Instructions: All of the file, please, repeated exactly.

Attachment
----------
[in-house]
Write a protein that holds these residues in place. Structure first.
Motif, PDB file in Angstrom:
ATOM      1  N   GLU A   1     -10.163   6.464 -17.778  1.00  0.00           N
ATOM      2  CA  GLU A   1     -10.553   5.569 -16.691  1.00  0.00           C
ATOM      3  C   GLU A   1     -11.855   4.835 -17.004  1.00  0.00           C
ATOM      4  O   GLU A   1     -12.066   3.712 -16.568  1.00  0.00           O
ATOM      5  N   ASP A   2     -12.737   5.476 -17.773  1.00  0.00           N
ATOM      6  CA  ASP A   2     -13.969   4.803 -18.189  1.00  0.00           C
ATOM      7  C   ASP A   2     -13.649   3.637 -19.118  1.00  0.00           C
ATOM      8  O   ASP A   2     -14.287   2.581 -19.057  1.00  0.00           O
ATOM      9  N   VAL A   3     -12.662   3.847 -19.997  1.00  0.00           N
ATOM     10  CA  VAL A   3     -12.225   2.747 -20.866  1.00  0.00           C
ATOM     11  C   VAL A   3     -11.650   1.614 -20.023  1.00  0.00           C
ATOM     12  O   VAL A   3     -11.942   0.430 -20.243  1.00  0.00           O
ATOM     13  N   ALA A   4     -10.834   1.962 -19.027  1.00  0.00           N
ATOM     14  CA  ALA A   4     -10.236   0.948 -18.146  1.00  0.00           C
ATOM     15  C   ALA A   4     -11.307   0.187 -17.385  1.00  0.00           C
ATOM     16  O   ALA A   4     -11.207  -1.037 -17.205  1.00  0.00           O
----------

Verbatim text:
[in-house]
Write a protein that holds these residues in place. Structure first.
Motif, PDB file in Angstrom:
ATOM      1  N   GLU A   1     -10.163   6.464 -17.778  1.00  0.00           N
ATOM      2  CA  GLU A   1     -10.553   5.569 -16.691  1.00  0.00           C
ATOM      3  C   GLU A   1     -11.855   4.835 -17.004  1.00  0.00           C
ATOM      4  O   GLU A   1     -12.066   3.712 -16.568  1.00  0.00           O
ATOM      5  N   ASP A   2     -12.737   5.476 -17.773  1.00  0.00           N
ATOM      6  CA  ASP A   2     -13.969   4.803 -18.189  1.00  0.00           C
ATOM      7  C   ASP A   2     -13.649   3.637 -19.118  1.00  0.00           C
ATOM      8  O   ASP A   2     -14.287   2.581 -19.057  1.00  0.00           O
ATOM      9  N   VAL A   3     -12.662   3.847 -19.997  1.00  0.00           N
ATOM     10  CA  VAL A   3     -12.225   2.747 -20.866  1.00  0.00           C
ATOM     11  C   VAL A   3     -11.650   1.614 -20.023  1.00  0.00           C
ATOM     12  O   VAL A   3     -11.942   0.430 -20.243  1.00  0.00           O
ATOM     13  N   ALA A   4     -10.834   1.962 -19.027  1.00  0.00           N
ATOM     14  CA  ALA A   4     -10.236   0.948 -18.146  1.00  0.00           C
ATOM     15  C   ALA A   4     -11.307   0.187 -17.385  1.00  0.00           C
ATOM     16  O   ALA A   4     -11.207  -1.037 -17.205  1.00  0.00           O